Each bot has its own unique power up card. Although all of these cards have identical levels 0, 1, and 3. There is a minor one-time ability at level 2 which aligns with the bots theme or sub-theme, and the level 4 power improves the bots unique ability even further.
The level 4 abilities are really powerful, taking each bots power to the next level. We wanted to have the feel of an ‘ultimate’ ability at full power, mirroring video games where you can pull off a special move when fully charged.
Originally this was a one-time use ability that reset your power level (since the intermediate levels offered passive improvements), however losing your power wasn’t a whole lot of fun. We eventually moved those one-time abilities to the new wildfire cards as held actions (which are unlocked at level 3).
Whilst the level 4 abilities are very powerful, we find that by the time a bot (or both bots) reach it, the game will usually be fairly close to its conclusion. Having both bots at maximum power really dials things up to 11, whilst still keeping the game in balance.
Upgraded Power Tokens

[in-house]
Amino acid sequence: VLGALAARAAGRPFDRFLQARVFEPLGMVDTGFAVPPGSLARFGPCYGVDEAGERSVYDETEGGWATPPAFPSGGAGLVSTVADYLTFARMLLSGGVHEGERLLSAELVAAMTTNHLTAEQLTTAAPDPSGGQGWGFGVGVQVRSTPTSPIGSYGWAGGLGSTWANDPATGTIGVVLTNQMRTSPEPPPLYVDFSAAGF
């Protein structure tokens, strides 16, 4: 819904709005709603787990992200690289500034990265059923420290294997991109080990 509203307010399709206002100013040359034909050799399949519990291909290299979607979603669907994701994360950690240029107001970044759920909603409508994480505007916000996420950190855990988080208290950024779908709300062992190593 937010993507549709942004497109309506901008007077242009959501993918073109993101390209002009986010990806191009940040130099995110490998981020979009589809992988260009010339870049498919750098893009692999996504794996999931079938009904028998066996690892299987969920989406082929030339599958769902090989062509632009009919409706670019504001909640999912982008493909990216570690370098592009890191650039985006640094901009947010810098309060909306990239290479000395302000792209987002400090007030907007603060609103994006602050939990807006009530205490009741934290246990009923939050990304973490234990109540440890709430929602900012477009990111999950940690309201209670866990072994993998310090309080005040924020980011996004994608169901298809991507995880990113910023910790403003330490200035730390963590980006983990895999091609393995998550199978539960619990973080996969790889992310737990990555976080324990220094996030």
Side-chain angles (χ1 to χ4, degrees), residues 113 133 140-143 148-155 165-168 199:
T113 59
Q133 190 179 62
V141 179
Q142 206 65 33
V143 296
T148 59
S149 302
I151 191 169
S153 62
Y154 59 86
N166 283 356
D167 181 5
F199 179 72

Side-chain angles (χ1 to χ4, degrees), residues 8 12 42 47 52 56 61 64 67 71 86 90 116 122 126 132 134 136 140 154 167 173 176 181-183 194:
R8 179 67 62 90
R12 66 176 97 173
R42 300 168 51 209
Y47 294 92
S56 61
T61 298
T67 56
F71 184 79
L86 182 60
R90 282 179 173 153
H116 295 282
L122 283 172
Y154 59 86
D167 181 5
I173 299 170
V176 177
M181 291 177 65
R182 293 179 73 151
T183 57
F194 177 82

The upgraded power tokens directly replace your existing ones, giving you a one time benefit when you play them (if you choose to).
Just like with the power 1 token making your bot Boosted, we balanced the power that the token gives you so the weaker the number the more powerful the effect. Choosing which token you want at the time you power up, and then which token you want to play (and whether you risk playing a weaker token to gain the more powerful effect) adds another element of choice and tactics.
The wildfire cards are unique to each bot, and are unlocked at power level 3. Each one can be played to either row, and immediately lets you perform an attack with either your weapon or support power (which doesn’t have to be the same as the row you played it into). The unique part for each bot is in the held action that leans into the bots theme even more.